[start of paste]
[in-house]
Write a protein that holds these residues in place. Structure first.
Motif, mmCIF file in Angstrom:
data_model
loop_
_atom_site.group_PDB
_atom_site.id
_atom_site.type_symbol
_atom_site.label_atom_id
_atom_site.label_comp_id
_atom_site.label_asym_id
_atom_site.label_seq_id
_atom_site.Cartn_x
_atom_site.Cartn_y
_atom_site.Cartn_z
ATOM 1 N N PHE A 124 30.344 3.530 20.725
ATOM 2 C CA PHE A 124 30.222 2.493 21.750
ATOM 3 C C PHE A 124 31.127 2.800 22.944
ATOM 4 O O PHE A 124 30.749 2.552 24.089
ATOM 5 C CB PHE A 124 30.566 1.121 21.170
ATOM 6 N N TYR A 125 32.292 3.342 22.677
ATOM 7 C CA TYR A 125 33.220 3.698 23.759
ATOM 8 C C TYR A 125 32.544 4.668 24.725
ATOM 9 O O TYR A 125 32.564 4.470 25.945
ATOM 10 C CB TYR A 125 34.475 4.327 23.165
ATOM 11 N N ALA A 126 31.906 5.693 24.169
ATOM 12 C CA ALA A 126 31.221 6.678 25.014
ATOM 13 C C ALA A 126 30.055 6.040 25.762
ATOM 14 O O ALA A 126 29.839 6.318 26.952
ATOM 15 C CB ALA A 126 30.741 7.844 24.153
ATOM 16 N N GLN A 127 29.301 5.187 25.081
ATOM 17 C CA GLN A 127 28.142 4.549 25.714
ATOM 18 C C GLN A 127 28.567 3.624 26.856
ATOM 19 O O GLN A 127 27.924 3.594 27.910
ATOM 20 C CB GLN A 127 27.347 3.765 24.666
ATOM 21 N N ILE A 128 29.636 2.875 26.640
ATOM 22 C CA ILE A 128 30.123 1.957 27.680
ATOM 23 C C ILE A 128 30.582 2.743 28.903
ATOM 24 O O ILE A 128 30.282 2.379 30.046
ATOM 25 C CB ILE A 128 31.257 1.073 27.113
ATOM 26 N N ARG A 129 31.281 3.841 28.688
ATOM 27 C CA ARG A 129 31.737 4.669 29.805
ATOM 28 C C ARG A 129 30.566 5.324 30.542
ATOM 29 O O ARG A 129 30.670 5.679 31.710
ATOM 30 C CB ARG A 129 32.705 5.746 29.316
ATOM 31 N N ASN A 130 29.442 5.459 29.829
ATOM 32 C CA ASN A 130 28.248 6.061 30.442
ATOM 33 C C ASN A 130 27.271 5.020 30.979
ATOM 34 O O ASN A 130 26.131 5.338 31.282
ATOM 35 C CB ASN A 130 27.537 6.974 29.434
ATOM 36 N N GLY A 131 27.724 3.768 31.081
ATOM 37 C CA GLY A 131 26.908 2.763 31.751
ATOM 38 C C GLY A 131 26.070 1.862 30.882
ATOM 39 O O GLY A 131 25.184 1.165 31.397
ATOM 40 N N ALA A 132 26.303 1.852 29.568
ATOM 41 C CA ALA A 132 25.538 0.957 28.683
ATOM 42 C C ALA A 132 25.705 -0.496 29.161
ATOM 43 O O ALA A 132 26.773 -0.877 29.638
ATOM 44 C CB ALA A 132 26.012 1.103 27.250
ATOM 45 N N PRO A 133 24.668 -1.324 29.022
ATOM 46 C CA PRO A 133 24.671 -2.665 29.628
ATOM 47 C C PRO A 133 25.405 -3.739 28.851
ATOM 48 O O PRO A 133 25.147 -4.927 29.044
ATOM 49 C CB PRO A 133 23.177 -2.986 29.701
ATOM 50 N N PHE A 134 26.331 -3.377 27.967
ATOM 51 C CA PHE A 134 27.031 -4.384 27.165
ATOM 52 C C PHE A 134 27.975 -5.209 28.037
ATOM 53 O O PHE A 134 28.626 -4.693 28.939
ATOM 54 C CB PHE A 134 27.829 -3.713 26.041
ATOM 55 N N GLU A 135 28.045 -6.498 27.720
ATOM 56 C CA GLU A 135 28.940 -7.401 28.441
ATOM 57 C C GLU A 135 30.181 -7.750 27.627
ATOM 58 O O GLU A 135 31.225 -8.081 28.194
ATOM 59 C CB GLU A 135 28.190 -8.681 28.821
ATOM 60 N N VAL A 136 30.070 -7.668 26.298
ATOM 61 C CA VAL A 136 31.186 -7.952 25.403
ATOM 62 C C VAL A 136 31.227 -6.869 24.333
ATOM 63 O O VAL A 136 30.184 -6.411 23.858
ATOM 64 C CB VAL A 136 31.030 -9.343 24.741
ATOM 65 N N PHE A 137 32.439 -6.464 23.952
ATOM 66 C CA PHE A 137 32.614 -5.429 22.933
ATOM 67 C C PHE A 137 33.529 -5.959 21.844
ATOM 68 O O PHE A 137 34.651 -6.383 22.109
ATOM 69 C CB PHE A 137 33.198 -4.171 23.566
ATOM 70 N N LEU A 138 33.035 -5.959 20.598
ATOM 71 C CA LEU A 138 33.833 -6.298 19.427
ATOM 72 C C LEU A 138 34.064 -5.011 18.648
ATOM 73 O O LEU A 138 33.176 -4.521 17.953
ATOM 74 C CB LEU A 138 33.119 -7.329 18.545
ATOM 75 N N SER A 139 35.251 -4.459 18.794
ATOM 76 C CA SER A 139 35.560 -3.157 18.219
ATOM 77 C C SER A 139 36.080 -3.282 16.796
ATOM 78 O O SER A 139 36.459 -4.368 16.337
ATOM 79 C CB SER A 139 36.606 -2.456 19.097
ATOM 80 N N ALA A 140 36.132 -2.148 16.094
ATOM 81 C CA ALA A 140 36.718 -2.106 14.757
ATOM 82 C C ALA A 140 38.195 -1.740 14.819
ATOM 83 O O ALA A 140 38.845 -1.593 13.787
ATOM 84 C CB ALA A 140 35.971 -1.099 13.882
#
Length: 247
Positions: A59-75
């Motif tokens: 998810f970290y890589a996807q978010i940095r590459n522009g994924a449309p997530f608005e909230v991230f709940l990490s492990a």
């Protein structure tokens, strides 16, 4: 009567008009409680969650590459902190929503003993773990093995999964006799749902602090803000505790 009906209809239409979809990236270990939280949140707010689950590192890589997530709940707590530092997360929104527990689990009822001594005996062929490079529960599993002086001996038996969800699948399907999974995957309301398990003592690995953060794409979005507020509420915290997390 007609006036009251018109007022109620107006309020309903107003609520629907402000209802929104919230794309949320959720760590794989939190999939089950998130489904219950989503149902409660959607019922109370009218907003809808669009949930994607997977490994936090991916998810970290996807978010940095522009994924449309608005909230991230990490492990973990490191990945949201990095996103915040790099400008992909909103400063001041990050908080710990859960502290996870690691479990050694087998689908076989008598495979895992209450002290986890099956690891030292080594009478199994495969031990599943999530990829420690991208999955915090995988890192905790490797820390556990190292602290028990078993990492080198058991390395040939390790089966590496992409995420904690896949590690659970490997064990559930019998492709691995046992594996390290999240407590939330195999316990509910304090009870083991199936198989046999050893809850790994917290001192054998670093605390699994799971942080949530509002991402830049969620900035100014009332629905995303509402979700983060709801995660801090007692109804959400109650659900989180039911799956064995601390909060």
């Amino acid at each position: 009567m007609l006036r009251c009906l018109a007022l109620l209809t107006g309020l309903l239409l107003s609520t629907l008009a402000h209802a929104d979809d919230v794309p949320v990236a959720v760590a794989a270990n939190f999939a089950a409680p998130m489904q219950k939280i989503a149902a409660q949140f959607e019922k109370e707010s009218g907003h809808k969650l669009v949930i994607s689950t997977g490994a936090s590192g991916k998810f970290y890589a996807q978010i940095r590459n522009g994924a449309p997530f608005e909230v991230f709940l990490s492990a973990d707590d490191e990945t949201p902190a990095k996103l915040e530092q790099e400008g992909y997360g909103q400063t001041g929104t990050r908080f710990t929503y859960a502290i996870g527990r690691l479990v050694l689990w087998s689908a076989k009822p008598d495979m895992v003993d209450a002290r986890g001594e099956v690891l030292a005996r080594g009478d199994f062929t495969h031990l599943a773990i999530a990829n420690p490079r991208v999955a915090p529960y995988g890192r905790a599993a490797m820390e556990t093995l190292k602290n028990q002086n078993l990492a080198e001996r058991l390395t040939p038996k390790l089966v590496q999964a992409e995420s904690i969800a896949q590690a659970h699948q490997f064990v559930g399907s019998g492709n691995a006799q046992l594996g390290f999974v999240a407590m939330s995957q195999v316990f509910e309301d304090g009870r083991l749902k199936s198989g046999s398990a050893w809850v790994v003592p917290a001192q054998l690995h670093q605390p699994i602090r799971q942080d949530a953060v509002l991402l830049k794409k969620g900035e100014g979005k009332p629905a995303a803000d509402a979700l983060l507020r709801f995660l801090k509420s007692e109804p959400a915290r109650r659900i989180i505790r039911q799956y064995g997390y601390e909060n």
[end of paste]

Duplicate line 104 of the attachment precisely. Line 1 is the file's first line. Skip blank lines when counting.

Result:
């Protein structure tokens, strides 16, 4: 009567008009409680969650590459902190929503003993773990093995999964006799749902602090803000505790 009906209809239409979809990236270990939280949140707010689950590192890589997530709940707590530092997360929104527990689990009822001594005996062929490079529960599993002086001996038996969800699948399907999974995957309301398990003592690995953060794409979005507020509420915290997390 007609006036009251018109007022109620107006309020309903107003609520629907402000209802929104919230794309949320959720760590794989939190999939089950998130489904219950989503149902409660959607019922109370009218907003809808669009949930994607997977490994936090991916998810970290996807978010940095522009994924449309608005909230991230990490492990973990490191990945949201990095996103915040790099400008992909909103400063001041990050908080710990859960502290996870690691479990050694087998689908076989008598495979895992209450002290986890099956690891030292080594009478199994495969031990599943999530990829420690991208999955915090995988890192905790490797820390556990190292602290028990078993990492080198058991390395040939390790089966590496992409995420904690896949590690659970490997064990559930019998492709691995046992594996390290999240407590939330195999316990509910304090009870083991199936198989046999050893809850790994917290001192054998670093605390699994799971942080949530509002991402830049969620900035100014009332629905995303509402979700983060709801995660801090007692109804959400109650659900989180039911799956064995601390909060």